A wild experience on the range
July 27, 2017
As the sun made its way over the Pine Nut Mountains last Friday morning, wildlife photographer JT Humphrey and I made our way through the hills in search of the mares and stallions known to graze the area. I could hardly contain my excitement, with my camera in hand, eagerly scanning all directions for a sign of wildlife.
I was thinking about the last time I saw wild horses up close as we cruised up to three large troughs in the center of a dry patch near the beginning of the Pine Nut foothills.
Humphrey explained the importance of the troughs and how they are meant to keep the horses closer to the hills rather than the homes in the valley while providing them a place to rest and drink.
"I would like to see them moved further out, just so they're not tempted to go down the hill and into the backyards of the residents," Humphrey explained pointing east toward the hills where he would like the troughs moved. He said the Bureau of Land Management keeps up the water troughs and fills them more than three times a day.
"(The horses) are getting themselves in trouble by going down there, between people feeding them and the horses grazing and drinking where they shouldn't be. Having the troughs a little further out may help with that."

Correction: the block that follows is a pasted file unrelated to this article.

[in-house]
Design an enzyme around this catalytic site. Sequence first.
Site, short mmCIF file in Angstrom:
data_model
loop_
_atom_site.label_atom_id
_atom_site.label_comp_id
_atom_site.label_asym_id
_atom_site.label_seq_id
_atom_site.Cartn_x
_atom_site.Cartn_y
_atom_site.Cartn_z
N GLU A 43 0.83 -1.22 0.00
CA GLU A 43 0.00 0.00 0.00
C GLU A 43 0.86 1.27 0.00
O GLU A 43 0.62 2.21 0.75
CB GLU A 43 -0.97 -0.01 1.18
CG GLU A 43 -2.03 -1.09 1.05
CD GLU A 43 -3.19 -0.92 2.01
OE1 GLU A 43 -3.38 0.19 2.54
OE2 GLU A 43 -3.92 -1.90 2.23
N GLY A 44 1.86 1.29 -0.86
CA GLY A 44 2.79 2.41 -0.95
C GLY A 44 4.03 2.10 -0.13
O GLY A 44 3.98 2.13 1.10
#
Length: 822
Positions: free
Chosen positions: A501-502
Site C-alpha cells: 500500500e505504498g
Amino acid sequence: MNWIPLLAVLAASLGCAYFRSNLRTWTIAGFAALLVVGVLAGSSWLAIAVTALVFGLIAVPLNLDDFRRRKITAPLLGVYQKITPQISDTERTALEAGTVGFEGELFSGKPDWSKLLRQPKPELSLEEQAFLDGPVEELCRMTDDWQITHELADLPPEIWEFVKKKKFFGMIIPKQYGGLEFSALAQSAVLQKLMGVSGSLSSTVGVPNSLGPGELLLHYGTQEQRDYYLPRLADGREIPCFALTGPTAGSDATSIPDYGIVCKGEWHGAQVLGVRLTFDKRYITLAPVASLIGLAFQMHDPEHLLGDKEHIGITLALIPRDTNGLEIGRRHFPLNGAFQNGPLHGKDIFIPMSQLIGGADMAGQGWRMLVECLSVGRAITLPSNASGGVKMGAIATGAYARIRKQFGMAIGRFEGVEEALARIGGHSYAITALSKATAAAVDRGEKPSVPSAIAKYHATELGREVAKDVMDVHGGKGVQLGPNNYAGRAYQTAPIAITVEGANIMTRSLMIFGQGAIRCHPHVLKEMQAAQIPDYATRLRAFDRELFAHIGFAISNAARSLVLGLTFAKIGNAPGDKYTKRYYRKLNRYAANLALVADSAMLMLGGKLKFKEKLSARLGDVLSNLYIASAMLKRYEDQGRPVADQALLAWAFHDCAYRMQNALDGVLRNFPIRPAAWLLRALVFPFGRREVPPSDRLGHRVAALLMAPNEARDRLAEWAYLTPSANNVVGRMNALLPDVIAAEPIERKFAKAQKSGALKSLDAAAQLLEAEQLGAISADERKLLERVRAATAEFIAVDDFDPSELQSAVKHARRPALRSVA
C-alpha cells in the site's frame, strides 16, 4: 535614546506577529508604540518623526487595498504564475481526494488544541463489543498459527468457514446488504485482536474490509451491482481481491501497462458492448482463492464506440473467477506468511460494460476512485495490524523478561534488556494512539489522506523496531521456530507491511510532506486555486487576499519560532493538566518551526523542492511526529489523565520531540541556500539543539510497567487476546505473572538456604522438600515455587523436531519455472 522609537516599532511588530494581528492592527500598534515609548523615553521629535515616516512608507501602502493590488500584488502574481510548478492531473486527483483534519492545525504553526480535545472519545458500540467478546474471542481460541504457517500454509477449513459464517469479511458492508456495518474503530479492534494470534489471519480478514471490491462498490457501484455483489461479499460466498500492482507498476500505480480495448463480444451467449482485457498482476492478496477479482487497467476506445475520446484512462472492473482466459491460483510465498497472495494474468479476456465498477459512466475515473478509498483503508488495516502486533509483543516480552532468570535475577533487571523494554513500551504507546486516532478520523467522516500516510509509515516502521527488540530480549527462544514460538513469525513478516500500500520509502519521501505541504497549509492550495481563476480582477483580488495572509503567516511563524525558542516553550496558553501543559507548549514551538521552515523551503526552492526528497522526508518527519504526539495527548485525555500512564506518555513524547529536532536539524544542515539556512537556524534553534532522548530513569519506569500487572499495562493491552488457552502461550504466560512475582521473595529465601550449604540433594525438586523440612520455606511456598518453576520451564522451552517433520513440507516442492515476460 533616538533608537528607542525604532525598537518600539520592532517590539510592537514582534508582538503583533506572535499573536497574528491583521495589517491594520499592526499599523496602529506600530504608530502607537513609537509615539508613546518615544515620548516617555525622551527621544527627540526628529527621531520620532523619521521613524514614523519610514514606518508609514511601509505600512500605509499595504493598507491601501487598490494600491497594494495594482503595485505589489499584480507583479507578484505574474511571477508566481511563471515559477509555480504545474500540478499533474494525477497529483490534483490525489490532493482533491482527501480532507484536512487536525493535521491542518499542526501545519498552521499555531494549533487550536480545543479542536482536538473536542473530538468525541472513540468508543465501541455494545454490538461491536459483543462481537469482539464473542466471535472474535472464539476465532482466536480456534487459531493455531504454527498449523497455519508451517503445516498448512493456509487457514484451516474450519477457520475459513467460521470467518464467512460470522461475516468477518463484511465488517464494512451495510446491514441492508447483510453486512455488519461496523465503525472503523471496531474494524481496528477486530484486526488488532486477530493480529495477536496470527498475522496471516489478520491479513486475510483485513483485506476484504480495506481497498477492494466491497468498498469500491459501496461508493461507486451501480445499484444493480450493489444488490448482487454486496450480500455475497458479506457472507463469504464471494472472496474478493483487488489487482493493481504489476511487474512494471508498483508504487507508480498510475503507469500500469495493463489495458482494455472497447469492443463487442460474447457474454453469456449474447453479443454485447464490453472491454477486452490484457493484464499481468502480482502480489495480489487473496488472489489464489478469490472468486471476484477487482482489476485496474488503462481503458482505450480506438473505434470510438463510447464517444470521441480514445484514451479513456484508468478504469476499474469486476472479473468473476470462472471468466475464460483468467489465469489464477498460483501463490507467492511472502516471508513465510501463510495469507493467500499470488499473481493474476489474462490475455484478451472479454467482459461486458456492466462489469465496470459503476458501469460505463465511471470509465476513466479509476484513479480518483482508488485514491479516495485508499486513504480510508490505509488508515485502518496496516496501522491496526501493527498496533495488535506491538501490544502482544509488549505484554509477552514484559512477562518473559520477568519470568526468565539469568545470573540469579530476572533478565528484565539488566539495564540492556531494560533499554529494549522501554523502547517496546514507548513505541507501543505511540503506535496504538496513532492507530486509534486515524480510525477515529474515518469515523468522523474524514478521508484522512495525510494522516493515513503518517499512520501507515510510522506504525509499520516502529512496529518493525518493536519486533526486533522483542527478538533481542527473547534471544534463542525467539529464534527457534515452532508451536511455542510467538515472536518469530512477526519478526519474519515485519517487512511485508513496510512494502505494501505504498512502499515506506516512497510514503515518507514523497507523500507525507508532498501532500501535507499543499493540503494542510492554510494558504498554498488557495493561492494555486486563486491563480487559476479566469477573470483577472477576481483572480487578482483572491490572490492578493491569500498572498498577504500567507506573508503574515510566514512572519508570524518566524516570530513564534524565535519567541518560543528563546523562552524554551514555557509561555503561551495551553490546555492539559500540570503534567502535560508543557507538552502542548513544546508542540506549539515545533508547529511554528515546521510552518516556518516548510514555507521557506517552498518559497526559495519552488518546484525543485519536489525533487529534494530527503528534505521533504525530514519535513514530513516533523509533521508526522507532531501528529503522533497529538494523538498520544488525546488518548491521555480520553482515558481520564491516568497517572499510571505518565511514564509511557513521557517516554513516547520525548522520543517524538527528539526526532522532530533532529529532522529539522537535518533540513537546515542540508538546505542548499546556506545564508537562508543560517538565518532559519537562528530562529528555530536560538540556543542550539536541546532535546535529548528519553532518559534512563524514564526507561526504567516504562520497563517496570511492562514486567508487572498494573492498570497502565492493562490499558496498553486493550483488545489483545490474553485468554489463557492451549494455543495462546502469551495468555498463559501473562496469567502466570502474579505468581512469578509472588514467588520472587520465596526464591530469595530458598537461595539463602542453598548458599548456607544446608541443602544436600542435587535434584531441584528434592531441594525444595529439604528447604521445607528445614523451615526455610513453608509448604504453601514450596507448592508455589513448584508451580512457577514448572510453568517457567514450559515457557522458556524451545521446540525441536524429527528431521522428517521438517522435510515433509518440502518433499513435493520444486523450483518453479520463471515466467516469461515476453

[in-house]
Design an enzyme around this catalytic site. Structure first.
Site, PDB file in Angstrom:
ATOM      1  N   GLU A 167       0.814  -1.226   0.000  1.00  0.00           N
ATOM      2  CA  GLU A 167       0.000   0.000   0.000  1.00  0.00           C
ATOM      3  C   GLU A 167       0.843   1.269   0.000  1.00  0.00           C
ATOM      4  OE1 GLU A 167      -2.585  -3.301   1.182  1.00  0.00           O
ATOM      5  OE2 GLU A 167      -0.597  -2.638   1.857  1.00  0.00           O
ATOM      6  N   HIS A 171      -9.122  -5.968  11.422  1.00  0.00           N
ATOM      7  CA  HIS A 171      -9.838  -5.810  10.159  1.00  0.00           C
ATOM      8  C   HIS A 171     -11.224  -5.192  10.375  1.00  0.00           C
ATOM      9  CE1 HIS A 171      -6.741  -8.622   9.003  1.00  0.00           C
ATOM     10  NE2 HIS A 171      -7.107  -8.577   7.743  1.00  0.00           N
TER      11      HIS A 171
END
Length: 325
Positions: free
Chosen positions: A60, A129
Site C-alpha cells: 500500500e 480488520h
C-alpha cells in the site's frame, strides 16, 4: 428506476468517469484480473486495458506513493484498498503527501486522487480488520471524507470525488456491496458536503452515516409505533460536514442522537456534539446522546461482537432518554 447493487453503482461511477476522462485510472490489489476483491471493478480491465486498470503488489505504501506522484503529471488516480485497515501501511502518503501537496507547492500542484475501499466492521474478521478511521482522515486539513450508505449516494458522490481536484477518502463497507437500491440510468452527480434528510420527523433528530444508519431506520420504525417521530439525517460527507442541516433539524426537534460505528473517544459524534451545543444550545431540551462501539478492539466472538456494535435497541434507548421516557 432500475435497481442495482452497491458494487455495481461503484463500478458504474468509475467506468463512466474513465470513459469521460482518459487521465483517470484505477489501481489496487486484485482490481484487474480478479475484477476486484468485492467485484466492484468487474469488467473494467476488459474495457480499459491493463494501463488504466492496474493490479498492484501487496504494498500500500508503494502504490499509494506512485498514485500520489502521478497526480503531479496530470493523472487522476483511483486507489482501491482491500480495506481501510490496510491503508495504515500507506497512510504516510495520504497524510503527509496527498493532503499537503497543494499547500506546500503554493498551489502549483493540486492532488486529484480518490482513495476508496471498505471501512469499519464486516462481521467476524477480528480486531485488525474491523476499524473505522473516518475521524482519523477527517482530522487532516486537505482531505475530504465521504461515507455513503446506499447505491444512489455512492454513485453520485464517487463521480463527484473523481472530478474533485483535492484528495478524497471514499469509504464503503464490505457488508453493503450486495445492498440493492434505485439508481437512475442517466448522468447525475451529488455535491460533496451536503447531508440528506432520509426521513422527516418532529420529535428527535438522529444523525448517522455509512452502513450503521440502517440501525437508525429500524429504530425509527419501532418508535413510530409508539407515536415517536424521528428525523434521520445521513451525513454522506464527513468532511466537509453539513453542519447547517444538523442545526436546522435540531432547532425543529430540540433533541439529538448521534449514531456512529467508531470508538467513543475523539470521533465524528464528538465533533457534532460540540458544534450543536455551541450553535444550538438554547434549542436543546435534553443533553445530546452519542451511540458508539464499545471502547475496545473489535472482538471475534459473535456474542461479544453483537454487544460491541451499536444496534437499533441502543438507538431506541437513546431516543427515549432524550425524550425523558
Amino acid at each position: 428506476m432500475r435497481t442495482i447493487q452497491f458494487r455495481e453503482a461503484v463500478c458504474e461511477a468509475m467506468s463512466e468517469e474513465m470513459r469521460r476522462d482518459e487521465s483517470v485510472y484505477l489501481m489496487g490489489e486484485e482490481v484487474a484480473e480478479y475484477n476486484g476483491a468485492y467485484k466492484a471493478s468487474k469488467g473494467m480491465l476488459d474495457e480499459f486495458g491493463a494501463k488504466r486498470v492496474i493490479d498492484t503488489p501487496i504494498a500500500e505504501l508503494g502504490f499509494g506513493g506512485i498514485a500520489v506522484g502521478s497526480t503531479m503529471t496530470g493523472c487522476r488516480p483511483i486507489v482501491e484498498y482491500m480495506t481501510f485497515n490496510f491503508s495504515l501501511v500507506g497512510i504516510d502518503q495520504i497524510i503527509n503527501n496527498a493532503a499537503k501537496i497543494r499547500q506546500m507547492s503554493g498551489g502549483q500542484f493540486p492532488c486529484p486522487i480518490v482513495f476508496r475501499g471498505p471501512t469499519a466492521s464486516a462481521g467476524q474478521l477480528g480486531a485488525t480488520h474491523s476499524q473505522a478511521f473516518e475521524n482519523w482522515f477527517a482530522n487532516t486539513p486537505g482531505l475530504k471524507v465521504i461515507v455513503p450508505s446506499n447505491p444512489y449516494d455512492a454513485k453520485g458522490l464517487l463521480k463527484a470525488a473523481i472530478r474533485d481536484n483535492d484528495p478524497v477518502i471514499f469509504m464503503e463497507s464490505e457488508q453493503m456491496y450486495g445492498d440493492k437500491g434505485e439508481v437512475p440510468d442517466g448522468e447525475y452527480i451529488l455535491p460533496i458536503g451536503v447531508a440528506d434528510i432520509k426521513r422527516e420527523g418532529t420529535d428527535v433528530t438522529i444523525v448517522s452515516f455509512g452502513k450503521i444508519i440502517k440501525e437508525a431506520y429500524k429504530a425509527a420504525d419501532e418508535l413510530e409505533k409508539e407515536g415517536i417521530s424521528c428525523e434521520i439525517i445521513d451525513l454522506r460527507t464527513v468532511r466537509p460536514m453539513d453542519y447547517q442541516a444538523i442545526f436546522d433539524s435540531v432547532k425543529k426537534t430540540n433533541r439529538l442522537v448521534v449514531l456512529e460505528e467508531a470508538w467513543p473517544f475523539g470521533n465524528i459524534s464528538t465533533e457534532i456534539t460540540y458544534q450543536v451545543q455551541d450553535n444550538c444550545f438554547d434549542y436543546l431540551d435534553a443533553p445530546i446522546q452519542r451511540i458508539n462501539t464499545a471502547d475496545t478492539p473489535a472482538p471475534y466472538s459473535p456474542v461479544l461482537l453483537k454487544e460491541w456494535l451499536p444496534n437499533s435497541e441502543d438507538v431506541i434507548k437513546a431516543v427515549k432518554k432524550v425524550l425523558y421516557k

Just as he finished his thought, a band of horses came trotting down the hill where Humphrey had just gestured toward. They came closer and closer to us until gathering around the cylinder trough for a refreshing morning drink.
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As we took our turns snapping shots, Humphrey identified the group as "Shorty's Band." To my amazement, he said there are eight different bands with anywhere between 6-20 stallions, mares and foals making up each group.
I glanced back toward the hills and spotted another band inching its way toward the troughs. The leader of this band stopped at the bottom of the hill staring down Shorty, who had gotten a whiff of the approaching group and turned to see who it was.
For a few dragging moments the two stallions just stared at each other. Humphrey said we might have a chance to witness some action between the two groups. I watched eagerly.
Shorty's Band moved away from the trough and back in the direction they came as Samson's, Humphrey said, took a turn. Just as the two stallions were turning away from each other a curious mare from Samson's group spotted a stallion of interest in the other. The two shared a greeting before Samson trotted over and broke up the exchange.
"Looks like he wasn't ready to give her up yet," said Humphrey as Samson gave the mare a nudge as if saying, "get back over there!"
The next band we came across was that of Blue. Blue is a beautiful, shadowy stallion with a broad neck that if I were to have the privilege of getting close enough to wrap my arms around, I'd have to grow two more just to fully embrace him.